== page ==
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Knowledge of HIV Transmission and Associated Factors among HIV-Positive and HIV-Negative Patients in Rural Kenya | OMICS International | Abstract
ISSN 2155-6113

Journal of AIDS & Clinical Research
Open Access

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Research Article

Knowledge of HIV Transmission and Associated Factors among HIV-Positive and HIV-Negative Patients in Rural Kenya

Steven Y Hong1,2*, Daria Thompson2, Christine Wanke1,2, Gloria Omosa3, Michael R Jordan1,2, Alice M Tang2, Shem Patta3, Ben Mwero3, Innocent Mjomba3 and Mkaya Mwamburi2,3

1Division of Geographic Medicine and Infectious Diseases, Tufts Medical Center, Boston, USA

2Department of Public Health and Community Medicine, Tufts University School of Medicine, Boston, USA

3Clinical Research Division, Voi Research Centre, Voi, Kenya

*Corresponding Author:
Steven Y. Hong MD, MPH
Department of Public Health and Community Medicine
Tufts University School of Medicine
150 Harrison Avenue, Jaharis 2, Boston
MA 02111, USA
Tel: 1-617-636-0827
Fax: 1-617-636-3810
E-mail: [email protected]

Received Date: July 04, 2012; Accepted Date: September 20, 2012; Published Date: September 24, 2012

Citation: Hong SY, Thompson D, Wanke C, Omosa G, Jordan MR, et al. (2012) Knowledge of HIV Transmission and Associated Factors among HIV-Positive and HIV-Negative Patients in Rural Kenya. J AIDS Clinic Res 3:170. doi:10.4172/2155-6113.1000170

Copyright: © 2012 Hong SY, et al. This is an open-access article distributed under the terms of the Creative Commons Attribution License, which permits unrestricted use, distribution, and reproduction in any medium, provided the original author and source are credited.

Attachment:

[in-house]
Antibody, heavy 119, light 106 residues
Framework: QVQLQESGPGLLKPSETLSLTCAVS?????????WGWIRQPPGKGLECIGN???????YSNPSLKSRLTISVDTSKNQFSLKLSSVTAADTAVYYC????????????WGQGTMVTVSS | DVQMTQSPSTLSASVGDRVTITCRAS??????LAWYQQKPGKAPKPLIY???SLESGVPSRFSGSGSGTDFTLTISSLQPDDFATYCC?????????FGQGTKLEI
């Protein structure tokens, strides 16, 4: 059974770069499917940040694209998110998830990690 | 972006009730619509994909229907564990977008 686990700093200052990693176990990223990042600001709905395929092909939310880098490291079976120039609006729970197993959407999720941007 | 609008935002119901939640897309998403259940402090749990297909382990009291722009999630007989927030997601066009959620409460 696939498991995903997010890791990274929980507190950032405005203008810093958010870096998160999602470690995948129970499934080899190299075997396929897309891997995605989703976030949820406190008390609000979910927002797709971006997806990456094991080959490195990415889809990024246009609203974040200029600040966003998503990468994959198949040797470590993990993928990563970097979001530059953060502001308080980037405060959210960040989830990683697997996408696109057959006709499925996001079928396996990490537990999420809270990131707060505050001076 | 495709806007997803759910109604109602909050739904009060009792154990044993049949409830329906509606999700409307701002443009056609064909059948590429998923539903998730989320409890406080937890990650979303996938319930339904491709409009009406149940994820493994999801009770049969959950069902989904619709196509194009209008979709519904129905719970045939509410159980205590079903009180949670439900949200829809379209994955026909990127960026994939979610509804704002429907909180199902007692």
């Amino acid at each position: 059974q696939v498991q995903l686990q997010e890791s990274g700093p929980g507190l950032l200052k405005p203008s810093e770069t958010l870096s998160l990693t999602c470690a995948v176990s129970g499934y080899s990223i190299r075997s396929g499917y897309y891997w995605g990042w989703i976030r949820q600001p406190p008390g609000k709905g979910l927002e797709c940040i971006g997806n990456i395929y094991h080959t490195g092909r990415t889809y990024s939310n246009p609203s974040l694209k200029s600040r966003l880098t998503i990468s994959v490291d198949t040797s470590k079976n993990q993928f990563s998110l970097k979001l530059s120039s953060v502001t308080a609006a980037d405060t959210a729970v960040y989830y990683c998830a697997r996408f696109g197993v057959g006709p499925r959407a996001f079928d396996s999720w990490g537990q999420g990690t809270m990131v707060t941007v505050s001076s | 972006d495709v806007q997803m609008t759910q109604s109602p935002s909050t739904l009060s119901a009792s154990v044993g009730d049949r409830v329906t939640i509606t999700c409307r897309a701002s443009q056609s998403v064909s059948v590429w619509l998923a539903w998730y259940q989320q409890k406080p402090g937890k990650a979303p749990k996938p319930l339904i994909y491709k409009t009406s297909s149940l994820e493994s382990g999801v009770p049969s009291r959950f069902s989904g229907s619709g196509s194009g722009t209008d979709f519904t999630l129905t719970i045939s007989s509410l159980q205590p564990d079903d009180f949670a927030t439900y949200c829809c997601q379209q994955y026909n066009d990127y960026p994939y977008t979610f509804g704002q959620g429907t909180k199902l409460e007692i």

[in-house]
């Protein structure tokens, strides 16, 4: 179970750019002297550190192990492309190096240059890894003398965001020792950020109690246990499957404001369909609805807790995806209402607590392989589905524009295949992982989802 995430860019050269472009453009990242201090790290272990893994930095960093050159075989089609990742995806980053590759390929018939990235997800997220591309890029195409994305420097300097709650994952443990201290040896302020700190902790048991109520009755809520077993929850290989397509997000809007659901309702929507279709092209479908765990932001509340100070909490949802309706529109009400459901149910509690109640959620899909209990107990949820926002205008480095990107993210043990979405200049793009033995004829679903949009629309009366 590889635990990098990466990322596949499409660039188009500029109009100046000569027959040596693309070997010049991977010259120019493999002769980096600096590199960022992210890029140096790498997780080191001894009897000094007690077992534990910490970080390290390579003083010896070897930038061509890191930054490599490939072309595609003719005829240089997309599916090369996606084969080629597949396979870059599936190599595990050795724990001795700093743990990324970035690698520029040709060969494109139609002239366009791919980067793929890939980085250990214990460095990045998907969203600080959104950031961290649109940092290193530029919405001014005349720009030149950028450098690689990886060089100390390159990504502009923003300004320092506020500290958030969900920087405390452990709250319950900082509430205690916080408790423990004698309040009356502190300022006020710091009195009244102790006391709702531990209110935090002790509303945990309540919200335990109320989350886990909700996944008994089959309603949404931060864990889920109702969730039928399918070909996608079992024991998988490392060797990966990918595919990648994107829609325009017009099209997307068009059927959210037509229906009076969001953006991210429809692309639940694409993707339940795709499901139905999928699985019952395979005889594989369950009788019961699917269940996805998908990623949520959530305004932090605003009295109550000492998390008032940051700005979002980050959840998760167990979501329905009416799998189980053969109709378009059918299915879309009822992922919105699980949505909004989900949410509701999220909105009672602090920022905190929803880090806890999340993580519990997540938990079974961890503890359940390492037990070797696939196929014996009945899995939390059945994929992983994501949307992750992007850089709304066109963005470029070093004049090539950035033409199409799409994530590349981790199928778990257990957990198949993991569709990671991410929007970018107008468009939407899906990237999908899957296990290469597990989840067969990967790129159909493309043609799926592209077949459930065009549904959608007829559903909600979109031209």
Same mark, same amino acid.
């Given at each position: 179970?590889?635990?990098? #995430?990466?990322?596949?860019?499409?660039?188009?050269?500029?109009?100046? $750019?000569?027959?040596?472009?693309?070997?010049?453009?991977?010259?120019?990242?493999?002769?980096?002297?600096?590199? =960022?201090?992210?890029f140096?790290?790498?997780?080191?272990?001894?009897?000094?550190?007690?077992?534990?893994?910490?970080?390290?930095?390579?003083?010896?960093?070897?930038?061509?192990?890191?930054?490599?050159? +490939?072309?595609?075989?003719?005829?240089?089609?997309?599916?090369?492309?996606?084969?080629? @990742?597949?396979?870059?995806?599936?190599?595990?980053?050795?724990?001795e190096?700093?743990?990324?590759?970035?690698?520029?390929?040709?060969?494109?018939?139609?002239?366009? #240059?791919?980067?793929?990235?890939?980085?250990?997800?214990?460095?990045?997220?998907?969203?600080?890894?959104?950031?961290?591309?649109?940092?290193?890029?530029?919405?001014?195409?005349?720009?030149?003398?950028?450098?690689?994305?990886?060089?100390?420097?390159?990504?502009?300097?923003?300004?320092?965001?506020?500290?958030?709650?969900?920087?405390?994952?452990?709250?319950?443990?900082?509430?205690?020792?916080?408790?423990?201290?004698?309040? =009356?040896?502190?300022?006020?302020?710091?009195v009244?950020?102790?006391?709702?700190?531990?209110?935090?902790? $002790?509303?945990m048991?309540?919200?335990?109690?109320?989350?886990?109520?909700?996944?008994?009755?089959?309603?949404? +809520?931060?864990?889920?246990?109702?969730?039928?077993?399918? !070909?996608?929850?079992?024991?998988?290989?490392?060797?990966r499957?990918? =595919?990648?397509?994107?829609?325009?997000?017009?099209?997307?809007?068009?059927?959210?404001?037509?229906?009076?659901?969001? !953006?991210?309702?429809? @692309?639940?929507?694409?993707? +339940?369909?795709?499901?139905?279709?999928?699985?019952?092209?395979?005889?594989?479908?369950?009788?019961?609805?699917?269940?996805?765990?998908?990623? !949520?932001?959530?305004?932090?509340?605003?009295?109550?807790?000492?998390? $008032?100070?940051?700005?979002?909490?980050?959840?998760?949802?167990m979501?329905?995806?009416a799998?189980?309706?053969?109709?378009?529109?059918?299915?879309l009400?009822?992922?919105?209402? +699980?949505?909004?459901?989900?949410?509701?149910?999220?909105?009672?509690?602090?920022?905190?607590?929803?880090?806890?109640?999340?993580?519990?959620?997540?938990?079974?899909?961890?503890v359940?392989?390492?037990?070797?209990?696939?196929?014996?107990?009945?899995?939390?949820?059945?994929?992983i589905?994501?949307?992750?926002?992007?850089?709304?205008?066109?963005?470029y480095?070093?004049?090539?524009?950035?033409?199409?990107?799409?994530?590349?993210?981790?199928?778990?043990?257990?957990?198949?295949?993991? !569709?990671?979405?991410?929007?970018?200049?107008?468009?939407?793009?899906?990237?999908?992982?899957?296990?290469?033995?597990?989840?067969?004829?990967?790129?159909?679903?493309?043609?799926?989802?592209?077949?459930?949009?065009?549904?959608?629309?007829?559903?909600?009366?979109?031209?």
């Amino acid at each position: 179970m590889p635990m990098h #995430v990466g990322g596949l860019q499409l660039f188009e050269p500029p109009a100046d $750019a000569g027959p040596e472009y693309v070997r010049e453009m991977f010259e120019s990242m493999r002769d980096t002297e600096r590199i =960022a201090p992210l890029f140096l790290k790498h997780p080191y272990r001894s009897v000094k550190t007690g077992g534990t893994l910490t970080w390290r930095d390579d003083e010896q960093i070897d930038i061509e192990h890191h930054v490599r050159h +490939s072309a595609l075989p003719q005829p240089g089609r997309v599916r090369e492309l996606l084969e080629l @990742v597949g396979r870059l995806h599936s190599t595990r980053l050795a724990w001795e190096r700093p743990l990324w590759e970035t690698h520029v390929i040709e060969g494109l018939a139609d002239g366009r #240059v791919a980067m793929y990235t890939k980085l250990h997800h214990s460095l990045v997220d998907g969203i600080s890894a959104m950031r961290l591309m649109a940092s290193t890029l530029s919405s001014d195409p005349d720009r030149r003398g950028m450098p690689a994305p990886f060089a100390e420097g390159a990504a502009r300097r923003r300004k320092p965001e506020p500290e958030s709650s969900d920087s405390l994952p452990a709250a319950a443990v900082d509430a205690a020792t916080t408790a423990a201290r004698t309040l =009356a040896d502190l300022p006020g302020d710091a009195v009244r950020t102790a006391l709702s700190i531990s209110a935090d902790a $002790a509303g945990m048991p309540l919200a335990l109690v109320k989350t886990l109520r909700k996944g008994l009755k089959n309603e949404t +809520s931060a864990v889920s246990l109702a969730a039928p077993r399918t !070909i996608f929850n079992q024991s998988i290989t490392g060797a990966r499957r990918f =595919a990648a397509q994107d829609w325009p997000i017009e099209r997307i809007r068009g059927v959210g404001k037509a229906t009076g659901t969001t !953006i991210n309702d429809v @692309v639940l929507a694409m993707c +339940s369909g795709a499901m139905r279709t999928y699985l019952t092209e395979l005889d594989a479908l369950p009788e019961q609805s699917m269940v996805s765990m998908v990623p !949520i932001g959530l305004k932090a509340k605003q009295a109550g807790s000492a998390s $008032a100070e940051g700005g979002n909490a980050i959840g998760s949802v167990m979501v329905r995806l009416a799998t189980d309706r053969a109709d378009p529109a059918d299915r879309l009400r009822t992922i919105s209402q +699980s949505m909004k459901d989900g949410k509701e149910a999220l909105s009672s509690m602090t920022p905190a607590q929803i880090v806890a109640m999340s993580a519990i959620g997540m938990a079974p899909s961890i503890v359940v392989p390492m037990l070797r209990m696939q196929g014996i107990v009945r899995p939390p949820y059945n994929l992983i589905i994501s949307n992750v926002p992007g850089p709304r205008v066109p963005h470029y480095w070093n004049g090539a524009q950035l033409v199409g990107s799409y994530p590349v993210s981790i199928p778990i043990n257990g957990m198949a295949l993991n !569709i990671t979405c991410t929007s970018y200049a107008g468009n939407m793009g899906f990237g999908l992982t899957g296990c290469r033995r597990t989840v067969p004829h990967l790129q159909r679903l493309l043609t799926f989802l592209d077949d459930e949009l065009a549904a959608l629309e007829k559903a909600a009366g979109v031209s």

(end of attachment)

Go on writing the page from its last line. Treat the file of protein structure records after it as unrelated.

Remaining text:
Knowledge of HIV transmission is a prerequisite to practicing safer behaviors to prevent HIV infections and may be expected to vary by region because of cultural and socioeconomic determinants. A cross-sectional study was conducted in rural Kenya using a standardized questionnaire assessing HIV transmission knowledge, sociodemographic and other characteristics. Participants were recruited from the voluntary counseling and testing clinic and the general hospital population of Moi District Hospital. “High” HIV transmission knowledge scorers (≥ 81%) (Mean score) were compared with “low” scorers (<81%). Bivariate and multivariate logistic regression analyses were performed to examine factors associated with HIV transmission knowledge. Of 214 participants, 70 (33%) were HIV-positive, 104 (49%) were HIV-negative, and 40 (19%) did not know. Factors associated with low knowledge in multivariate analyses were lower education (OR 2.36, CI 1.03-5.46), lower household money on healthcare (OR 2.03, CI 1.28-3.21), higher clinic transportation costs (OR 3.14, CI 1.20-9.82), sex without a condom (OR 2.18, CI 1.12-4.26), positive HIV status vs. negative (OR 2.50, CI 1.22-5.26) and positive HIV status vs. unknown (OR 3.57, CI 1.33-9.09). Mean HIV transmission knowledge score was relatively high; however, a large proportion of patients demonstrated low knowledge. Identifying individuals at risk for low knowledge will support targeted HIV education and prevention programs.

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